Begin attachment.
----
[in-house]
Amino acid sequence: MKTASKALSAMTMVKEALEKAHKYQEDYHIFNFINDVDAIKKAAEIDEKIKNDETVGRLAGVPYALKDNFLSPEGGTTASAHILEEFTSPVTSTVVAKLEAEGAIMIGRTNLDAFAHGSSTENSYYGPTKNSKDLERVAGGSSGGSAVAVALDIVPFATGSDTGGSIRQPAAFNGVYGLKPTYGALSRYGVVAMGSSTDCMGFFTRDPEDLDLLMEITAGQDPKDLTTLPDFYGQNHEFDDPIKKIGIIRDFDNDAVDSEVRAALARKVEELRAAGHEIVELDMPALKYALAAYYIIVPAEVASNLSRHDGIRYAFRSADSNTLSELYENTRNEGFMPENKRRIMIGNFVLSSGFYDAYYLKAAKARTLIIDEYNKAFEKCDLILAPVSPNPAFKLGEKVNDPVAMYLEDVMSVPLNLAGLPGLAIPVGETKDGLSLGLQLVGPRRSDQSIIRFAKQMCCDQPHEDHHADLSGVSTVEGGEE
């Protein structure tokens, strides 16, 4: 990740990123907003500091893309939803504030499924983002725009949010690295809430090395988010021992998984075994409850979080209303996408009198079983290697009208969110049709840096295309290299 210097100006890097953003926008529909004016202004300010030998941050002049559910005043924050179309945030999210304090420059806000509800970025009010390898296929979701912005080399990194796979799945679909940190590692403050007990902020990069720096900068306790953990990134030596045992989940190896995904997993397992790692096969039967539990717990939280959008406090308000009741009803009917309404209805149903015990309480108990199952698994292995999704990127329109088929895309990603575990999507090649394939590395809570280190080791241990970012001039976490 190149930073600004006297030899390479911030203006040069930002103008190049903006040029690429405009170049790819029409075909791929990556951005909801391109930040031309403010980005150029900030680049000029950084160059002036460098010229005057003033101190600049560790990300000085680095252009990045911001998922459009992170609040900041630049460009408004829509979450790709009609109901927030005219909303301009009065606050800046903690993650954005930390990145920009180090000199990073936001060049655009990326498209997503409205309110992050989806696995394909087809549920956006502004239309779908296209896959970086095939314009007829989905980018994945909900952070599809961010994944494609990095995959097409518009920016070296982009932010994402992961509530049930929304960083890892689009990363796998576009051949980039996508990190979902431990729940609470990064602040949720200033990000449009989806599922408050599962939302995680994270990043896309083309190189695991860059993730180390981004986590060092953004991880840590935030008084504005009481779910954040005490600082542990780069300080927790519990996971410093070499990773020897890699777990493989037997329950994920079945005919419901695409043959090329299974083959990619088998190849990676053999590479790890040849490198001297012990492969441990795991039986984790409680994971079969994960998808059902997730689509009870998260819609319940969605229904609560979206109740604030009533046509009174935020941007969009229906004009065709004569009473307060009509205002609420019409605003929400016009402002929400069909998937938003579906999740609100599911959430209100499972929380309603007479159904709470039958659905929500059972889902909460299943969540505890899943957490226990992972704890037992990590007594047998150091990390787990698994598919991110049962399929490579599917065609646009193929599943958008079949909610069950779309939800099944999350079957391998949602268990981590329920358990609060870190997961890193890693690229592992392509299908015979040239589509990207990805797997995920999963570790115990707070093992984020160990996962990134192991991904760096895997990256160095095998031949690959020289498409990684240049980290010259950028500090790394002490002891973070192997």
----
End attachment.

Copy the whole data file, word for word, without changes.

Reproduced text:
[in-house]
Amino acid sequence: MKTASKALSAMTMVKEALEKAHKYQEDYHIFNFINDVDAIKKAAEIDEKIKNDETVGRLAGVPYALKDNFLSPEGGTTASAHILEEFTSPVTSTVVAKLEAEGAIMIGRTNLDAFAHGSSTENSYYGPTKNSKDLERVAGGSSGGSAVAVALDIVPFATGSDTGGSIRQPAAFNGVYGLKPTYGALSRYGVVAMGSSTDCMGFFTRDPEDLDLLMEITAGQDPKDLTTLPDFYGQNHEFDDPIKKIGIIRDFDNDAVDSEVRAALARKVEELRAAGHEIVELDMPALKYALAAYYIIVPAEVASNLSRHDGIRYAFRSADSNTLSELYENTRNEGFMPENKRRIMIGNFVLSSGFYDAYYLKAAKARTLIIDEYNKAFEKCDLILAPVSPNPAFKLGEKVNDPVAMYLEDVMSVPLNLAGLPGLAIPVGETKDGLSLGLQLVGPRRSDQSIIRFAKQMCCDQPHEDHHADLSGVSTVEGGEE
């Protein structure tokens, strides 16, 4: 990740990123907003500091893309939803504030499924983002725009949010690295809430090395988010021992998984075994409850979080209303996408009198079983290697009208969110049709840096295309290299 210097100006890097953003926008529909004016202004300010030998941050002049559910005043924050179309945030999210304090420059806000509800970025009010390898296929979701912005080399990194796979799945679909940190590692403050007990902020990069720096900068306790953990990134030596045992989940190896995904997993397992790692096969039967539990717990939280959008406090308000009741009803009917309404209805149903015990309480108990199952698994292995999704990127329109088929895309990603575990999507090649394939590395809570280190080791241990970012001039976490 190149930073600004006297030899390479911030203006040069930002103008190049903006040029690429405009170049790819029409075909791929990556951005909801391109930040031309403010980005150029900030680049000029950084160059002036460098010229005057003033101190600049560790990300000085680095252009990045911001998922459009992170609040900041630049460009408004829509979450790709009609109901927030005219909303301009009065606050800046903690993650954005930390990145920009180090000199990073936001060049655009990326498209997503409205309110992050989806696995394909087809549920956006502004239309779908296209896959970086095939314009007829989905980018994945909900952070599809961010994944494609990095995959097409518009920016070296982009932010994402992961509530049930929304960083890892689009990363796998576009051949980039996508990190979902431990729940609470990064602040949720200033990000449009989806599922408050599962939302995680994270990043896309083309190189695991860059993730180390981004986590060092953004991880840590935030008084504005009481779910954040005490600082542990780069300080927790519990996971410093070499990773020897890699777990493989037997329950994920079945005919419901695409043959090329299974083959990619088998190849990676053999590479790890040849490198001297012990492969441990795991039986984790409680994971079969994960998808059902997730689509009870998260819609319940969605229904609560979206109740604030009533046509009174935020941007969009229906004009065709004569009473307060009509205002609420019409605003929400016009402002929400069909998937938003579906999740609100599911959430209100499972929380309603007479159904709470039958659905929500059972889902909460299943969540505890899943957490226990992972704890037992990590007594047998150091990390787990698994598919991110049962399929490579599917065609646009193929599943958008079949909610069950779309939800099944999350079957391998949602268990981590329920358990609060870190997961890193890693690229592992392509299908015979040239589509990207990805797997995920999963570790115990707070093992984020160990996962990134192991991904760096895997990256160095095998031949690959020289498409990684240049980290010259950028500090790394002490002891973070192997």